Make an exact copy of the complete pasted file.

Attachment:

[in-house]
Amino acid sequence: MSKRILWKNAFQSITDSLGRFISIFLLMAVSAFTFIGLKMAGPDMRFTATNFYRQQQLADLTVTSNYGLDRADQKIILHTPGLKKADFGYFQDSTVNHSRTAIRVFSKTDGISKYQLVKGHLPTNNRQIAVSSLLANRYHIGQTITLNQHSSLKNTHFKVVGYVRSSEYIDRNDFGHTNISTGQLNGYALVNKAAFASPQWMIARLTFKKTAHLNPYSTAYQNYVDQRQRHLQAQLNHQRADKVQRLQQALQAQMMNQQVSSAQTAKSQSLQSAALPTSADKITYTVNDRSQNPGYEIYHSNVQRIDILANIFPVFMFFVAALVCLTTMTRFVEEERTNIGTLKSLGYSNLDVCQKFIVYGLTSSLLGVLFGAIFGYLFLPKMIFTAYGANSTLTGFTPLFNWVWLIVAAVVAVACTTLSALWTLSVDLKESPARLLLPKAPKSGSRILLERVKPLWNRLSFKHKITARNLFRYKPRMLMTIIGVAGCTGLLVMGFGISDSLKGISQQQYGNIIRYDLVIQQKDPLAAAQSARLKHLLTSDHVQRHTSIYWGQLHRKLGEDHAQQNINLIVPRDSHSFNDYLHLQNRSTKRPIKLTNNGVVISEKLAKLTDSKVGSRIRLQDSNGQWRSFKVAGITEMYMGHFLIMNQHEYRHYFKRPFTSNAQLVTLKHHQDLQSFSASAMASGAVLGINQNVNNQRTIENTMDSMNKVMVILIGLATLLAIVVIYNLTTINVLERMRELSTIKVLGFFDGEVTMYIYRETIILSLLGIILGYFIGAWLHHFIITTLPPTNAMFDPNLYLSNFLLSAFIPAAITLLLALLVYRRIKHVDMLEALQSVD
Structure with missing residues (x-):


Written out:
[in-house]
Amino acid sequence: MSKRILWKNAFQSITDSLGRFISIFLLMAVSAFTFIGLKMAGPDMRFTATNFYRQQQLADLTVTSNYGLDRADQKIILHTPGLKKADFGYFQDSTVNHSRTAIRVFSKTDGISKYQLVKGHLPTNNRQIAVSSLLANRYHIGQTITLNQHSSLKNTHFKVVGYVRSSEYIDRNDFGHTNISTGQLNGYALVNKAAFASPQWMIARLTFKKTAHLNPYSTAYQNYVDQRQRHLQAQLNHQRADKVQRLQQALQAQMMNQQVSSAQTAKSQSLQSAALPTSADKITYTVNDRSQNPGYEIYHSNVQRIDILANIFPVFMFFVAALVCLTTMTRFVEEERTNIGTLKSLGYSNLDVCQKFIVYGLTSSLLGVLFGAIFGYLFLPKMIFTAYGANSTLTGFTPLFNWVWLIVAAVVAVACTTLSALWTLSVDLKESPARLLLPKAPKSGSRILLERVKPLWNRLSFKHKITARNLFRYKPRMLMTIIGVAGCTGLLVMGFGISDSLKGISQQQYGNIIRYDLVIQQKDPLAAAQSARLKHLLTSDHVQRHTSIYWGQLHRKLGEDHAQQNINLIVPRDSHSFNDYLHLQNRSTKRPIKLTNNGVVISEKLAKLTDSKVGSRIRLQDSNGQWRSFKVAGITEMYMGHFLIMNQHEYRHYFKRPFTSNAQLVTLKHHQDLQSFSASAMASGAVLGINQNVNNQRTIENTMDSMNKVMVILIGLATLLAIVVIYNLTTINVLERMRELSTIKVLGFFDGEVTMYIYRETIILSLLGIILGYFIGAWLHHFIITTLPPTNAMFDPNLYLSNFLLSAFIPAAITLLLALLVYRRIKHVDMLEALQSVD
Structure with missing residues (x-):